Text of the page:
22 May 2012
Joanna Senyszyn (S&D)
Towards the end of April 2012, a group of animal rights activists freed caged dogs from a laboratory animal breeder on Green Hill farm — part of Marshall Farm Inc. — in Montichiari, Italy. According to the animal rights activists, the imprisoned animals had been brutally experimented on. They had fresh, undressed wounds. They were housed in cages in a windowless corridor. Among other things, the dogs had their vocal cords cut out so that they could not bark or whine during the tests. Under Italian law, one of the Polish activists is facing a penalty of four to 10 years in prison merely for opposing the abuse of animals — which is prohibited by EC law — in a Member State.
1. Can the Commission examine the state of the animals on this farm and determine whether the experiments conducted there are in accordance with the current directive, and undertake steps to prevent the aforementioned scandalous practices?
2. Is it possible to monitor the implementation of Directive 2010/63/EU of the European Parliament and of the Council of 22 September 2010 on the protection of animals used for scientific purposes, so that, in the final phase of implementation, it is possible to determine any related problems or shortcomings?
3. Increasingly, we hear of animal rights activists being detained and treated like dangerous criminals. A human can fight for their rights, but an animal cannot. Therefore, can the Commission support the animal rights activists who often bring to light serious cases of animal torture in the EU?
If animal testing is unavoidable, animals should be provided with the best protection before, during and after the experiment; welfare that is legally compliant; and the course of the experiments must also be strictly regulated in terms of ethics. That is why I am asking the Commission for an urgent response in this matter.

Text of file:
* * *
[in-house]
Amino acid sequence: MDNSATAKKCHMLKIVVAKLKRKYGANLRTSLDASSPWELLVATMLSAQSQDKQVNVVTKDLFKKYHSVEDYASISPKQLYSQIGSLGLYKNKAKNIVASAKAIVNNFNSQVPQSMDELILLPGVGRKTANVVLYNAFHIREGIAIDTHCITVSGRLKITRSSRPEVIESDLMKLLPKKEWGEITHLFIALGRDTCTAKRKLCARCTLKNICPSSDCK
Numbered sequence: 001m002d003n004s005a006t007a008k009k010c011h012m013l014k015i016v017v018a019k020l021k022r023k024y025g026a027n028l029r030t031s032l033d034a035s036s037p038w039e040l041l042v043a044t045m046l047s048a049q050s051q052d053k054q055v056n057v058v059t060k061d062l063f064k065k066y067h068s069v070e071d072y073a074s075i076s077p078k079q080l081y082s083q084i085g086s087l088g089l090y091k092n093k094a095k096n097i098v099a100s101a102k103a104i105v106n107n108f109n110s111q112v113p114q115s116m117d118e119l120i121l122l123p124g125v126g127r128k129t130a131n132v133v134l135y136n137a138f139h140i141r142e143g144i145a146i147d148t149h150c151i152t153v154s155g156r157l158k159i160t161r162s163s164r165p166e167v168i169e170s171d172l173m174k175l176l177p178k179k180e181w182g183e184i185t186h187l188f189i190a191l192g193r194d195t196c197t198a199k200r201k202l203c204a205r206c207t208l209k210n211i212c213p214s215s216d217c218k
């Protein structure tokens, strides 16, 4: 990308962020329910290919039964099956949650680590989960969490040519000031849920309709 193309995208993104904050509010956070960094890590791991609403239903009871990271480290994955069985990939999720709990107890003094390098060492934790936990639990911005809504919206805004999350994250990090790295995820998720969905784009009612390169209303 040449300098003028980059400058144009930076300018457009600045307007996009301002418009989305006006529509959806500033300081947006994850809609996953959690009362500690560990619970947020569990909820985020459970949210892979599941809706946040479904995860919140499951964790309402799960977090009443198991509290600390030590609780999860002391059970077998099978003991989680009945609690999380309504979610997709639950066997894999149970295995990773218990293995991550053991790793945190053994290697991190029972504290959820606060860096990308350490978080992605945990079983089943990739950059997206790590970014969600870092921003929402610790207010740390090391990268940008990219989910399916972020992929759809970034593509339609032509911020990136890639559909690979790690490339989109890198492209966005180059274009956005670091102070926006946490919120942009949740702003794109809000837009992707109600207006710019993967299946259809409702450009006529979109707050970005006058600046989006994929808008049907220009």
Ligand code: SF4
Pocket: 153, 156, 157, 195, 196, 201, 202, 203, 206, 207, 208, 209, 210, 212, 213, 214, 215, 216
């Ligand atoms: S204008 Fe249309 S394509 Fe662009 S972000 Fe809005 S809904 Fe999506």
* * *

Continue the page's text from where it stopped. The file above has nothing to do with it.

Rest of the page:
18 July 2012
Answer given by Mr Potočnik on behalf of the Commission
Articles 15 and 19 of Directive 86/609/EEC on the protection of animals used for experimental and scientific purposes(1) provide that all breeding, supplying and user establishments shall be approved by or registered with, the relevant national authority. It further describes a number of obligations concerning the personnel, care and treatment of the animals. Article 19 also requires that user establishments shall be subject to periodic inspection.
Directive 86/609/EEC will be replaced by Directive 2010/63/EU on the protection of animals used for scientific purposes from 1 January 2013(2).
During the transposition phase, the Commission is working closely with the Member States to help ensure correct implementation of the provisions.
Article 34 of the new Directive lays down more stringent requirements for regular, risk-based inspections to verify compliance with the directive. However, the national competent authorities are responsible for enforcing EC law in their respective territories and thus controlling the correct application and compliance of the provisions of the directive.
Concerning criminal prosecution against animal rights activists, the Commission has no competence to intervene in the day-to-day administration of the justice systems of individual Member States. In the absence of European legislation in this area, the administration of justice comes within the exclusive competence of Member State’s authorities. If citizens are prosecuted, they are entitled to the benefit of the protection of fundamental rights enshrined by the Charter and the European Court of Human Rights.
(1) OJ L 358, 18.12.1986.
(2) OJ L 276, 20.10.2010.